Lesley Goldberg, a 1988 UCLA alumna who graduated with a sociology degree, brought her 10-year-old adopted daughter, Reese, to the event Sunday. The two have come to the Buddy event five times over the years.

She said she appreciated that the club provides older role models for the participants.

“It makes (Reese) feel very special to have a young adult interested in her life,” Goldberg said.

Amelie Zhao said the club also seeks to instill a sense of culture in its participants, most recently holding a celebration for the Chinese New Year.

Zhao, a second-year business economics international student from Beijing, said she joined China Care because she wanted to give children a sample of Chinese culture.

When her Little Buddy, 7-year-old Leah, asked her how to pick up a marble with chopsticks, Zhao said she felt hopeful the Chinese culture was alive in its own way at UCLA.

“We get to serve as role models for kids who have no other way to access their Asian heritage,” Zhao said. “It’s important for the kids) to know about where they come from.”

After joining the program, the adoptees are strategically paired with UCLA students.

Students who speak one of the many Chinese dialects are sometimes paired with adoptees who have retained their first language so the duos can encourage each other to keep their language skills sharp.

While younger adoptees don’t show much concern over their heritage, older kids tend to ask why they don’t look like their parents or have different kinds of families, said Stephan Chiu, the club’s outreach coordinator.

Guidance from China Care mentors gives kids both a perspective on their culture and an opportunity for fun experiences, he added.

Annabel Kleess had first-hand experience on what it is like to grow up in a multi-racial household. The second-year neuroscience student was adopted from China in 1991. Growing up in places such as Washington and Jackson Hole, Wyo., Klees said she was often one of the only Asian students in her classes.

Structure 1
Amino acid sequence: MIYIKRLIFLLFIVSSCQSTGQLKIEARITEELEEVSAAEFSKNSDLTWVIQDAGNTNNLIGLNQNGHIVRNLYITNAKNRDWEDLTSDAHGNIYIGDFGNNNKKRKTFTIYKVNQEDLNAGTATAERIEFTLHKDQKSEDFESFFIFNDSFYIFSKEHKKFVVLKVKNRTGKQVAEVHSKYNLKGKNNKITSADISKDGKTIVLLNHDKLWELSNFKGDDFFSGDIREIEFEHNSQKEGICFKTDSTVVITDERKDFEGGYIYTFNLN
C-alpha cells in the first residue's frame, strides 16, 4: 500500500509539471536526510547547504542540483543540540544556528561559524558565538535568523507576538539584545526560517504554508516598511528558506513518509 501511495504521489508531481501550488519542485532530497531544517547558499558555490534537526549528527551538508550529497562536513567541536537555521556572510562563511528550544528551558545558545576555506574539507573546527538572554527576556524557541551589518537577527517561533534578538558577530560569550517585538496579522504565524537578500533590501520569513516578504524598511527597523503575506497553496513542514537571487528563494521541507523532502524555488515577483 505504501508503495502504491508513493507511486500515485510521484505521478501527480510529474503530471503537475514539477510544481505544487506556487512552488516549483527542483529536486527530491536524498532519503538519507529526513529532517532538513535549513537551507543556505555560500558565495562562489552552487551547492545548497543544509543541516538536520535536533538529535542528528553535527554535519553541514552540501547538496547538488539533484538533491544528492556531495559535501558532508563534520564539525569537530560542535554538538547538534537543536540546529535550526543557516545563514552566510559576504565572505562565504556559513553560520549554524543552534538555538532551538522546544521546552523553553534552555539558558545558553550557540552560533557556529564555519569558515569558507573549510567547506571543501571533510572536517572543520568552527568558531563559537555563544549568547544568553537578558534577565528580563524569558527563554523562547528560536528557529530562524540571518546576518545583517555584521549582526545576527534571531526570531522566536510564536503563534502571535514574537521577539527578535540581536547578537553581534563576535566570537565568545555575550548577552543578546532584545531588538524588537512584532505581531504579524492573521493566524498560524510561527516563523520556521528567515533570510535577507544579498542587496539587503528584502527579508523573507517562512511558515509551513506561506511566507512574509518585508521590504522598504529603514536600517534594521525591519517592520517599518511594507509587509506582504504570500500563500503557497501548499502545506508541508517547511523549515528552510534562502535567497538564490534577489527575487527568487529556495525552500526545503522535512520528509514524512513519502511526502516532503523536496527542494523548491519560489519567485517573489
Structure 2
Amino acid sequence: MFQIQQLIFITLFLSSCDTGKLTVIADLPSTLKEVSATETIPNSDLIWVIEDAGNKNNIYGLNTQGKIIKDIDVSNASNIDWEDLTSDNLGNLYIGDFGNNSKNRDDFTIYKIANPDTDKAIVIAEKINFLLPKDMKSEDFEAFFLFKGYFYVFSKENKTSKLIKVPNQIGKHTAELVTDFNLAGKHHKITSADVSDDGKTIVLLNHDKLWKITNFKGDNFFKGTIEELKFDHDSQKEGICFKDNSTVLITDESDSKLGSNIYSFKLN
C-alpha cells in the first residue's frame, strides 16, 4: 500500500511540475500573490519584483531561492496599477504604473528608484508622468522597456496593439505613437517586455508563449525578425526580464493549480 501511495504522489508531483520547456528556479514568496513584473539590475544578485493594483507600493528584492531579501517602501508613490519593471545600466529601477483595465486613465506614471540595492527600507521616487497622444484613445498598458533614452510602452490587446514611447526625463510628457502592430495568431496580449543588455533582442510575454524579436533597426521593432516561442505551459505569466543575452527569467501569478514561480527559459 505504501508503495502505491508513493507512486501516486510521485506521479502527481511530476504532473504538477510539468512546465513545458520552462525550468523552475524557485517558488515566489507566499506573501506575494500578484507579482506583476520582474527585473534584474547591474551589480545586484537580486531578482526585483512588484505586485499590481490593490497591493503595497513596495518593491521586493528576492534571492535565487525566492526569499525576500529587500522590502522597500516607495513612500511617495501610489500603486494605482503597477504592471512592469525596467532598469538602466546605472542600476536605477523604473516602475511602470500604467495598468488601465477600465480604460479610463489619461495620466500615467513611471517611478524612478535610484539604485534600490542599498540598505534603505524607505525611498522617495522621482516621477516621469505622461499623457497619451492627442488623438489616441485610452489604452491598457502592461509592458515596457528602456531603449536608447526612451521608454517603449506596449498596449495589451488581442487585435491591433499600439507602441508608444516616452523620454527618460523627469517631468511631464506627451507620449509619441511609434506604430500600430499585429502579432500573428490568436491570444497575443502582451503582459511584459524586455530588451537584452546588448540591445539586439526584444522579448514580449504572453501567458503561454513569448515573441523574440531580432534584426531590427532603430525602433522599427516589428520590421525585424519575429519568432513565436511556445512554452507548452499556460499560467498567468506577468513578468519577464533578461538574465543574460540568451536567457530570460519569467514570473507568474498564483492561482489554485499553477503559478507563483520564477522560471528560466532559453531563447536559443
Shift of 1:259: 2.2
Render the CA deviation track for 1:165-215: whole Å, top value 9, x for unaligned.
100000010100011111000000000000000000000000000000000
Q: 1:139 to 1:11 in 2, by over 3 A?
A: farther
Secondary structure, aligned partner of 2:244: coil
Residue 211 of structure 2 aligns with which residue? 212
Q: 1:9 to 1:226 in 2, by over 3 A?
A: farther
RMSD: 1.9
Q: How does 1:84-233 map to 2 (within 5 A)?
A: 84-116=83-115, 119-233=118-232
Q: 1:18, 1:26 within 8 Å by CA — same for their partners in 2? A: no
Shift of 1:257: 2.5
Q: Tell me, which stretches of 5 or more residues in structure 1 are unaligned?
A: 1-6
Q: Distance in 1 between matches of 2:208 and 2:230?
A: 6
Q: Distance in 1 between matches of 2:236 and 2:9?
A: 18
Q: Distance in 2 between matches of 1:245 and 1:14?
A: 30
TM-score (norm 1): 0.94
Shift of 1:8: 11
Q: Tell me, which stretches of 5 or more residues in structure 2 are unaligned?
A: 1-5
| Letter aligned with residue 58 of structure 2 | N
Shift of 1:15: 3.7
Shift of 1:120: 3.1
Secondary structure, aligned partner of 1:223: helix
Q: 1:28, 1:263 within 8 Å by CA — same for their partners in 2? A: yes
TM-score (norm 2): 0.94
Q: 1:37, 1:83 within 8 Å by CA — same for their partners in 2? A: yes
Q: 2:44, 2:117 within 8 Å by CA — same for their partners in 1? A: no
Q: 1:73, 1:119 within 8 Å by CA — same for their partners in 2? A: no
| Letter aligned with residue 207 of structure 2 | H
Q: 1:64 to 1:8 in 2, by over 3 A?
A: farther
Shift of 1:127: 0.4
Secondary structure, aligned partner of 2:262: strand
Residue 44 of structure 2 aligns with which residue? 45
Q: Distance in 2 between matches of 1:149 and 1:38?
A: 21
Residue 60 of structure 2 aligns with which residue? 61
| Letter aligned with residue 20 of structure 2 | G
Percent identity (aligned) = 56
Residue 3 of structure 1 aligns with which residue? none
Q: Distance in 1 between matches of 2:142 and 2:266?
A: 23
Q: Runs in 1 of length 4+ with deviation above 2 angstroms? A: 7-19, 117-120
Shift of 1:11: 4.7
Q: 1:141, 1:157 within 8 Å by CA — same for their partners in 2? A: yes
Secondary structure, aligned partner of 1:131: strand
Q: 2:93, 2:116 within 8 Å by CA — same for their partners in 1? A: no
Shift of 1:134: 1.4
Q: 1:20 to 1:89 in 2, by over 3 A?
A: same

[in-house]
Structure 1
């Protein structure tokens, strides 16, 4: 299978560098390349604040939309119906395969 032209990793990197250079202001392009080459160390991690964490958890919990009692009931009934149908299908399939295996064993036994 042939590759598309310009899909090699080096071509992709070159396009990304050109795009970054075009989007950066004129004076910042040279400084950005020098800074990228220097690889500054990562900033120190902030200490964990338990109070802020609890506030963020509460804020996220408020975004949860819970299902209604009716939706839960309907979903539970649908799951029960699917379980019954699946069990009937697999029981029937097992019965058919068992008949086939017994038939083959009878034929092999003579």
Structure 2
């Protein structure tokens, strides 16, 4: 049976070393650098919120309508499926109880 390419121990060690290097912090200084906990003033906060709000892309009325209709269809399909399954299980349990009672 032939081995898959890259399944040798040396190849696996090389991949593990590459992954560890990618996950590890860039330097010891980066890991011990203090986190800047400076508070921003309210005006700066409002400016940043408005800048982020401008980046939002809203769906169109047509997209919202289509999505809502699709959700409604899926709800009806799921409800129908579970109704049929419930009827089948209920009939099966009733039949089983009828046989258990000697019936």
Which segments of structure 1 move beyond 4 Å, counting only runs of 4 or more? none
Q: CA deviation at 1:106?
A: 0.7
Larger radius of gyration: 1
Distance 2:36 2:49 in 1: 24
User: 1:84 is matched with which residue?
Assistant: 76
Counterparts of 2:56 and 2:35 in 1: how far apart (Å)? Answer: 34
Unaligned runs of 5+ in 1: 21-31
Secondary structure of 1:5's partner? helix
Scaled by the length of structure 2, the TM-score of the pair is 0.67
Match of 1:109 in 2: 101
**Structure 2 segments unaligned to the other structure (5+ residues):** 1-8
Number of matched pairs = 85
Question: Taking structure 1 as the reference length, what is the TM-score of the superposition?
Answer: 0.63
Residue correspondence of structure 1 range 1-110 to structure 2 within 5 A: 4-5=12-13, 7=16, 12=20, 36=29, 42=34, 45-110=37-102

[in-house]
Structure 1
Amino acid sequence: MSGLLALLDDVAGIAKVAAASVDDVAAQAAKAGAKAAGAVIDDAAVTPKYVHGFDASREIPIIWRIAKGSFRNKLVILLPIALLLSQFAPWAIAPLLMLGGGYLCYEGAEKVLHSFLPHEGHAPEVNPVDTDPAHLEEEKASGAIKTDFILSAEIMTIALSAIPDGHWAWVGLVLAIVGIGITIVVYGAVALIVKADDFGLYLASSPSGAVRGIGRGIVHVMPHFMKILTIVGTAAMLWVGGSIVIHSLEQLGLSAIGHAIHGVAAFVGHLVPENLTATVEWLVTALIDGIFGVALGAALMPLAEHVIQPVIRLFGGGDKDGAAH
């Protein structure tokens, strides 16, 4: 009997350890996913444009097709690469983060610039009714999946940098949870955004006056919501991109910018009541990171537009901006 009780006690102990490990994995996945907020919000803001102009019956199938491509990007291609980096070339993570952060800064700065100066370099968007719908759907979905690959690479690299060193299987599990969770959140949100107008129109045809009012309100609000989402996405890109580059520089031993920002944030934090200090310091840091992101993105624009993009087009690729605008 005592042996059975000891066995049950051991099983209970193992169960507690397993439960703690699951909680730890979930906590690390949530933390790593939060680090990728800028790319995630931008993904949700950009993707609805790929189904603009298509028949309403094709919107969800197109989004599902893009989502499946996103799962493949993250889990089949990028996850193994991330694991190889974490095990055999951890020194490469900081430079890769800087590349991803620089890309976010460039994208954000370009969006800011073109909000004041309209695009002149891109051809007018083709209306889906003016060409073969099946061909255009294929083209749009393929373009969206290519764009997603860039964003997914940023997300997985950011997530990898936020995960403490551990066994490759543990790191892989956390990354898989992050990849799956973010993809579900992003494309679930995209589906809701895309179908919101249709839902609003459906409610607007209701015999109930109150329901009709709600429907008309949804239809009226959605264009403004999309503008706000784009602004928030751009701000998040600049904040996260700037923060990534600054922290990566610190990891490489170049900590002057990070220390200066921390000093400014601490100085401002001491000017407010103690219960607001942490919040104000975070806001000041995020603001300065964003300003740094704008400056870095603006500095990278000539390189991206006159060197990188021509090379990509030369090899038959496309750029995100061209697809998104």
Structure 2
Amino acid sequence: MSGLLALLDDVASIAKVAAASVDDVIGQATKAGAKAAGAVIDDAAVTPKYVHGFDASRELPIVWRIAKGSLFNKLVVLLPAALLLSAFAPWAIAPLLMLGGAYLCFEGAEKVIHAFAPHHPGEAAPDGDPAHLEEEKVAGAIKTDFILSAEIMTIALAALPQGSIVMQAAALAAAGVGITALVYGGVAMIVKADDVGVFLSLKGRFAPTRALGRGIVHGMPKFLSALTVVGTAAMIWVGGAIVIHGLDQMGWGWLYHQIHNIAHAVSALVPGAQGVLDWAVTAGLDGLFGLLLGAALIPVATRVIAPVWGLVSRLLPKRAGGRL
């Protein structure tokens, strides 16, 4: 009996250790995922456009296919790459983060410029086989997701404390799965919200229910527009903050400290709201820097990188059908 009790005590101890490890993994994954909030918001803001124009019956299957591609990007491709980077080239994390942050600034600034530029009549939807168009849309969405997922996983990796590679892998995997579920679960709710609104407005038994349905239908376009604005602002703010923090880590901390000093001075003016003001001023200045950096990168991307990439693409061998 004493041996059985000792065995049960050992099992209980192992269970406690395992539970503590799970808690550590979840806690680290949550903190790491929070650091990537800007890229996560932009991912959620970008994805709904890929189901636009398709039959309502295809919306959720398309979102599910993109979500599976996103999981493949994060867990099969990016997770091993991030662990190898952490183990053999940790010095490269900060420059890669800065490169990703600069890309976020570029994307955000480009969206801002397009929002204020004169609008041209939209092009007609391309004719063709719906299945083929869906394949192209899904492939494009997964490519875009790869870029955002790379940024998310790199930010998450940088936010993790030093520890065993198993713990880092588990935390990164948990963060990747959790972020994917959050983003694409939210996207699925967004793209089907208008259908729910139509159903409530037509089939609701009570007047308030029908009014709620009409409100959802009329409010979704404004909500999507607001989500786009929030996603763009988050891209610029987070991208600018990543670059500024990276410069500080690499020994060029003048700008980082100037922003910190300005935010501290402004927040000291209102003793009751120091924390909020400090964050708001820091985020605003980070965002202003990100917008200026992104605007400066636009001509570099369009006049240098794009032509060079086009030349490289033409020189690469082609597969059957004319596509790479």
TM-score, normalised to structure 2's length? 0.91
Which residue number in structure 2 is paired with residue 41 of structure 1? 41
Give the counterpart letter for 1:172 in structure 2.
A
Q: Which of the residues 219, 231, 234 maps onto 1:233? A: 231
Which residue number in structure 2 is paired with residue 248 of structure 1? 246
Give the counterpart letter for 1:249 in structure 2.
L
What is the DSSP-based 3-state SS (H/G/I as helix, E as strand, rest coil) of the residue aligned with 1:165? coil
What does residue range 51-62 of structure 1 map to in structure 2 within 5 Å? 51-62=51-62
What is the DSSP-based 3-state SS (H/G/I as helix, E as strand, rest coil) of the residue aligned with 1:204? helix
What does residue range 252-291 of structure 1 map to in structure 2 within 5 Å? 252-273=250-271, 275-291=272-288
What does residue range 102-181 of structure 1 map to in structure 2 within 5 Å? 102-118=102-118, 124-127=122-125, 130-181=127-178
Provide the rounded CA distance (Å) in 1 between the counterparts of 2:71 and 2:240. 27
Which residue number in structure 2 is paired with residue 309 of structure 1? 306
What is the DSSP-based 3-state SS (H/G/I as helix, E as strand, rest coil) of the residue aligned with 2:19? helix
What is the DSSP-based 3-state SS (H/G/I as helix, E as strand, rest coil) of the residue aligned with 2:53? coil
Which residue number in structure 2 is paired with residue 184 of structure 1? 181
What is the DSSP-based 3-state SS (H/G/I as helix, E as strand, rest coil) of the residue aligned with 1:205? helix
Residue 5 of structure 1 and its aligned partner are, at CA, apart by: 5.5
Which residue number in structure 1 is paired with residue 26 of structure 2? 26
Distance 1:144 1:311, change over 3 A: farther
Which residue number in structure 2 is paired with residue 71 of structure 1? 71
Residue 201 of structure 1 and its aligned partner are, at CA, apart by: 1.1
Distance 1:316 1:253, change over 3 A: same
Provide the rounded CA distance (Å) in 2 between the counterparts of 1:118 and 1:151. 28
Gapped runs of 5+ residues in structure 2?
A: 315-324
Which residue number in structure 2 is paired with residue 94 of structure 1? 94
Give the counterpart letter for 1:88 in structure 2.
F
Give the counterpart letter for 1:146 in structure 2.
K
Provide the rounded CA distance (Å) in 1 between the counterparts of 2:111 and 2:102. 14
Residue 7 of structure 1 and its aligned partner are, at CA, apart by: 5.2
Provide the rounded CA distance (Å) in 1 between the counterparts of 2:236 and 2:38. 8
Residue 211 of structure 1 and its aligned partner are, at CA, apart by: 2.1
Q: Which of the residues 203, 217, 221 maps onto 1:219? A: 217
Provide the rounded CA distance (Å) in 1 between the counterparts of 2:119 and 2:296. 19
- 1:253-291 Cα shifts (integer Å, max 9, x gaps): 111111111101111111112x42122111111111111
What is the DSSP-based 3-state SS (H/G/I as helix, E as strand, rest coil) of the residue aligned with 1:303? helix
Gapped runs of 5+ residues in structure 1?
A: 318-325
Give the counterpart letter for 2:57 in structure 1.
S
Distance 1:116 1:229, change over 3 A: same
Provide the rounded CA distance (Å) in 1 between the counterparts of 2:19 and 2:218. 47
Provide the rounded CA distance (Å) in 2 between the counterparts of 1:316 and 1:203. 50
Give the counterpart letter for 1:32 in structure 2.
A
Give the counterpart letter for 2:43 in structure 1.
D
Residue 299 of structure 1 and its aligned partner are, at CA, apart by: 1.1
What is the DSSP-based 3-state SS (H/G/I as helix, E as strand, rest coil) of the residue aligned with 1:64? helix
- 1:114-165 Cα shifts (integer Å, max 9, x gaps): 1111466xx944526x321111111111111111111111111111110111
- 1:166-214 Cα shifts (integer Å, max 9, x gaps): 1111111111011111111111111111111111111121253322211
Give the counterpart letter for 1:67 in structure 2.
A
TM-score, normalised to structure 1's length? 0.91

Organizations such as China Care Bruins did not exist when she was younger because she was part of the first wave of adoptions from China, Klees said.

As a result, Klees said working with China Care Bruins was a natural fit for her because she would be able to mentor kids, such as her Buddy, 13-year-old Hanna Goldstone, who are going through the same things as she went through.

Aside from being role models for the children, mentors such as Klees and Tran said one of their favorite parts of the club was watching their Buddies grow and mature. The mentors see their Buddies a few times a quarter.

Tran said Ruby has grown and become much less shy in the time they have been paired together.

During Ruby’s first event, the young girl refused to leave her mother’s side. As the year progressed, however, Ruby became increasingly comfortable with her Big Buddy and began to make friends within the group.

“It was rewarding to see her get out of her comfort zone,” Tran said.